Researchers Give Cholesterol Critics The Finger

Cholesterol has had nothing but bad press since scientists discovered that it was responsible for clogging arteries and causing all manner of health complications. But according to researchers at the Vanderbilt University Medical Center, cholesterol is also responsible for us developing the correct number of fingers and toes in the correct locations. This gives a new bent to an old nursery game, where the “little piggy” that “had roast beef” also didn’t have a superfluous toe.

The new study, published in the Proceedings of the National Academy of Sciences, states that if cholesterol doesn’t attach itself to an important developmental protein responsible for controlling digit patterning, mice grow extra digits that often appear in abnormal places. Senior study author Dr. Chin Chiang studied the crucial digit mapping protein, affectionately dubbed Sonic Hedgehog, in the early 90s. He showed that without Sonic Hedgehog, mice would develop either a thumb on the front paw or a big toe on the hind paw. Today, Dr. Chiang’s work has culminated in findings that elucidate on some long-standing scientific controversies in regard to limb development.

High concentrations of Sonic Hedgehog are produced by specialist cells positioned at a posterior location of the developing limb bud, which then form either the little finger or toe. As the limb bud develops, the protein disperses into weaker concentrations (represented as a gradient) that express the remaining digits. When this process goes awry and Sonic travels to tissue where it doesn’t belong, extra digits form. This condition is known as polydactyly. “Questions have remained about what regulates the Sonic hedgehog gradient,” said Chiang. “And we’ve been working on that for a number of years.”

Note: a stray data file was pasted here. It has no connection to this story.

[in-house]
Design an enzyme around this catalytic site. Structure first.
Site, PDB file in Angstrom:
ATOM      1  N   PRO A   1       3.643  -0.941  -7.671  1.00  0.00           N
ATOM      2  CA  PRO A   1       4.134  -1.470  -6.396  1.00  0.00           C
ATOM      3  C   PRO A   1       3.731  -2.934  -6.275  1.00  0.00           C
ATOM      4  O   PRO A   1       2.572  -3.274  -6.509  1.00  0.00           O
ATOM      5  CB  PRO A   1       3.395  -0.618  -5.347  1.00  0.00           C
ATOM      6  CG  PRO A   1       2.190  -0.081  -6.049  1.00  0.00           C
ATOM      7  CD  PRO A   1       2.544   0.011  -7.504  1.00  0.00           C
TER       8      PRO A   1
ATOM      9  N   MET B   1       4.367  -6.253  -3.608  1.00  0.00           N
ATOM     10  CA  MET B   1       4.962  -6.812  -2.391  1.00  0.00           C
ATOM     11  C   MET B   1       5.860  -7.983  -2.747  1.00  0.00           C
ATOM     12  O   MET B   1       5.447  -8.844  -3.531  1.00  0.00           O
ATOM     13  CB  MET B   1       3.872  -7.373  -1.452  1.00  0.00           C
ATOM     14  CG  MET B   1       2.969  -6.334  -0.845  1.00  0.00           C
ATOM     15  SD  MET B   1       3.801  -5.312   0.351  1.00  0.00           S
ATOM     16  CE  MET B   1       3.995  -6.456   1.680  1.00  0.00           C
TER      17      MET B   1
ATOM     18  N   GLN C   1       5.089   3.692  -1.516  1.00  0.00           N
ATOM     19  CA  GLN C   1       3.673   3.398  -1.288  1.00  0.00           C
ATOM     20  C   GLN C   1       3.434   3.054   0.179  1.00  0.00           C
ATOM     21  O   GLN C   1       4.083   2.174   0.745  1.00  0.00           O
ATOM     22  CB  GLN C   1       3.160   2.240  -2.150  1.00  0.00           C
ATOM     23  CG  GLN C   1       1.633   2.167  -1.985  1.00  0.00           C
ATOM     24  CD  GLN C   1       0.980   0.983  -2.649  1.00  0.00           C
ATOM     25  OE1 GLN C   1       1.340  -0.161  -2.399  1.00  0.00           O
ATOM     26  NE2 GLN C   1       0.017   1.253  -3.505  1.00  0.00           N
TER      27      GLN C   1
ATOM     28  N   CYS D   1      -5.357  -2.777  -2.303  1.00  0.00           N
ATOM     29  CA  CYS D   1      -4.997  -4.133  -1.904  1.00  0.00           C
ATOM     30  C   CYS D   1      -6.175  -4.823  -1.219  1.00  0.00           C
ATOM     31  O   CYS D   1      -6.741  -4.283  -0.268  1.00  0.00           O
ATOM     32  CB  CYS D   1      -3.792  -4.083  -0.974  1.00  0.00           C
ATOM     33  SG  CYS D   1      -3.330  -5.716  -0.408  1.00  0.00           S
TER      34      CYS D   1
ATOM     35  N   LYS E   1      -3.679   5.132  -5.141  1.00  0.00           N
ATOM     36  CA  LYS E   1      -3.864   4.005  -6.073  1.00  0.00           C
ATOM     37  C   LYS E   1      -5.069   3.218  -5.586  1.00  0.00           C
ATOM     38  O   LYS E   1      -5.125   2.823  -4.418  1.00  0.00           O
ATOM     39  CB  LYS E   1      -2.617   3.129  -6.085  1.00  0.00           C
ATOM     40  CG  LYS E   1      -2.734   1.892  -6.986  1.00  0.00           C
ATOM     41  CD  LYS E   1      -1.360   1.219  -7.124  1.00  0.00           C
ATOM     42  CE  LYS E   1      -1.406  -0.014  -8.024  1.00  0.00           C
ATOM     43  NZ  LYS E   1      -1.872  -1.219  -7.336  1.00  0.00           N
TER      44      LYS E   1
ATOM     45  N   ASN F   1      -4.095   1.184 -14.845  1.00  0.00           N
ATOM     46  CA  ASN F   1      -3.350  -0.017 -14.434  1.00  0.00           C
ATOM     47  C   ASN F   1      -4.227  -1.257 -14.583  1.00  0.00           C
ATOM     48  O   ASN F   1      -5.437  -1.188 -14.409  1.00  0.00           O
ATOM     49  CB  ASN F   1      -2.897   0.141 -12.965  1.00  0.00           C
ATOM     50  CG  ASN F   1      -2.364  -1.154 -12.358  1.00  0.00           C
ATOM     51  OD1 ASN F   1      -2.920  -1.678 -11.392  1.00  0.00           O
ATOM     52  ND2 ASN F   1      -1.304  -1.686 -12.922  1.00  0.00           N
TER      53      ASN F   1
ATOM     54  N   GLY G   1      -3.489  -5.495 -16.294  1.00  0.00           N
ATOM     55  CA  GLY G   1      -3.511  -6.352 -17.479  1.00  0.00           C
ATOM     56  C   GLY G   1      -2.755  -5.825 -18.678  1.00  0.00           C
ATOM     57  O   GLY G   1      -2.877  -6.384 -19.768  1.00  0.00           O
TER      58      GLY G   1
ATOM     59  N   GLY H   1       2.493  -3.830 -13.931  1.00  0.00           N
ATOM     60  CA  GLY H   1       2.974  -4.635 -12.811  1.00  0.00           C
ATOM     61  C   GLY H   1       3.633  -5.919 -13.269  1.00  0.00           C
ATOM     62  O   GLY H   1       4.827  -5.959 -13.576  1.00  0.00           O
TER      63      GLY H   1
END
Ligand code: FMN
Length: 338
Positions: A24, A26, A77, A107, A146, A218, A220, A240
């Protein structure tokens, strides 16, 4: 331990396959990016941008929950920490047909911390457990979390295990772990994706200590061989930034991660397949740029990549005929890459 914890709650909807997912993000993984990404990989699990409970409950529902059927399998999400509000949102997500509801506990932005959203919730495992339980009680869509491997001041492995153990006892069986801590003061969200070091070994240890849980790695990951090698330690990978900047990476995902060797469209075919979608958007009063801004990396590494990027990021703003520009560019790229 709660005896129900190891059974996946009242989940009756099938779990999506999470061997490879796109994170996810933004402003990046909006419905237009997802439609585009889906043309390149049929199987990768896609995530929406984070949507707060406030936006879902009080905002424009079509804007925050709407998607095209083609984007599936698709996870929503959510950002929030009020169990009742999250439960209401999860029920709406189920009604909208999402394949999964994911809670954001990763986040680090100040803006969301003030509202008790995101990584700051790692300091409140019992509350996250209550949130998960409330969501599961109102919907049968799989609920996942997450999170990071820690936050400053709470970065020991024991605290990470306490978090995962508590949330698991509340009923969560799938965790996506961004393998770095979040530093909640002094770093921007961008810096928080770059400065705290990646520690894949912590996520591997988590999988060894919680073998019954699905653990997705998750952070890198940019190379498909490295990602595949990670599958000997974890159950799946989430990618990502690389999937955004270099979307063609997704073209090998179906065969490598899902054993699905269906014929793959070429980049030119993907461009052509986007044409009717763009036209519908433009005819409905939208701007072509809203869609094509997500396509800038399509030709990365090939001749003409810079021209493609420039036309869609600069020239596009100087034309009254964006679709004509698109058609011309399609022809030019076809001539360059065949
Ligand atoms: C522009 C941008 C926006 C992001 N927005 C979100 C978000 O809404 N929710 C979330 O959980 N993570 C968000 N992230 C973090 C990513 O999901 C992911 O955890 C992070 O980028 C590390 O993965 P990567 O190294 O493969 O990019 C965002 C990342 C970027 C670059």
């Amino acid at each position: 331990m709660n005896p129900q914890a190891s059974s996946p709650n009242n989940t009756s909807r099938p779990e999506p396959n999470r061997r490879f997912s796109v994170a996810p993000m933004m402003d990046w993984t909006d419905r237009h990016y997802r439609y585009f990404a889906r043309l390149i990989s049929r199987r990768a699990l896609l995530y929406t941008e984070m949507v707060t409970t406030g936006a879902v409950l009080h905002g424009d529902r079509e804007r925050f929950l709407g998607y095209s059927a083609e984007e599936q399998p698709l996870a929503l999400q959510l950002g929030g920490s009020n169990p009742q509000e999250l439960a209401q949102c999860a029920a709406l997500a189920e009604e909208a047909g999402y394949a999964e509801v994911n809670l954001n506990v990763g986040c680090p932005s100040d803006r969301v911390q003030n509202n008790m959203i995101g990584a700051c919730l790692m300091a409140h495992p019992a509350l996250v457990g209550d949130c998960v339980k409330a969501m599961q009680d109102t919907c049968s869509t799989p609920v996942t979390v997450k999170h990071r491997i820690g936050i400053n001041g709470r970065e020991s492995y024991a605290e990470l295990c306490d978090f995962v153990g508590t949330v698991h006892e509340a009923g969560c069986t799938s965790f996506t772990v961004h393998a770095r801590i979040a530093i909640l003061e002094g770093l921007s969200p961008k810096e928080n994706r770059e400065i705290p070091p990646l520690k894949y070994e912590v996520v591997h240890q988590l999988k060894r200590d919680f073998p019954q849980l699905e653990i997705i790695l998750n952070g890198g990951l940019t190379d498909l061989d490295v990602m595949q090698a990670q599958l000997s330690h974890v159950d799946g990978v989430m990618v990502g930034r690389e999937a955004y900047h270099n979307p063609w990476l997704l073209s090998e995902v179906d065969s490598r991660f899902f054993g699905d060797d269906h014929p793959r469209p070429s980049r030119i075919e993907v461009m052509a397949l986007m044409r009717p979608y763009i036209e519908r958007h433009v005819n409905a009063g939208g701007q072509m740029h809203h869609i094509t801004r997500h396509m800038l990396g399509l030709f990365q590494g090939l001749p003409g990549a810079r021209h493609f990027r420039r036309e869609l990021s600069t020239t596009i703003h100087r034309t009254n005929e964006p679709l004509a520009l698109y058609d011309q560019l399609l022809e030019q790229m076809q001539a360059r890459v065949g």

The answer remained a mystery until researchers realized that Sonic Hedgehog needed the attachment of a cholesterol molecule for proper function. “In fact, Sonic hedgehog is the only protein known to be modified by cholesterol,” said Chiang. But this realization only came after the transcendence of some assumptions surrounding the properties of cholesterol.

The controversy surrounding limb development has mostly been in regard to the properties of cholesterol. Traditionally cholesterol has always been thought to bind proteins to cells, so scientists speculated that cholesterol might inhibit the movement of Sonic Hedgehog through developmental tissue. This, they thought, would explain why concentrations tapered off the further the protein moved from its source. But other studies paradoxically showed that cholesterol actually encourages the movement of Sonic Hedgehog. To solve the mystery, Chiang set about creating an experiment that involved mice with a modified form of the Sonic Hedgehog protein that could not bind to cholesterol, or one that would only bind to half the cholesterol molecules.

Chiang’s findings showed that mice with the modified version of Sonic developed misshapen, oddly located (ectopic) digits, where the second index digits appeared more like a thumb. Mice with Sonic that could attach to only some cholesterol molecules developed normal digits, but they were also duplicated anteriorly. The conclusion: the Sonic Hedgehog protein without cholesterol moved further than normal, which resulted in irregular digit replication. “We found that, without cholesterol, Sonic Hedgehog moves more readily, far from its site of synthesis, all the way to the anterior part of the limb bud where it is normally never detected,” Chiang explained.

Researchers are still unsure as to why polydactyly occurs in humans, but they suspect that it might have something to do with mutations in the Sonic Hedgehog signaling pathway. Errors in Sonic also give rise to other conditions aside from limb deformities, such as cancer and a congenital condition of the forebrain called holoprosencephaly. At present, Chiang and his team are researching the cholesterol-modified Sonic Hedgehog protein in the developing brain and spinal chord, which may result in the prevention of certain birth defects. “We are finding some surprises,” Chiang said, “suggesting that the function of cholesterol is different in these different tissues.”

Source: Vanderbilt University

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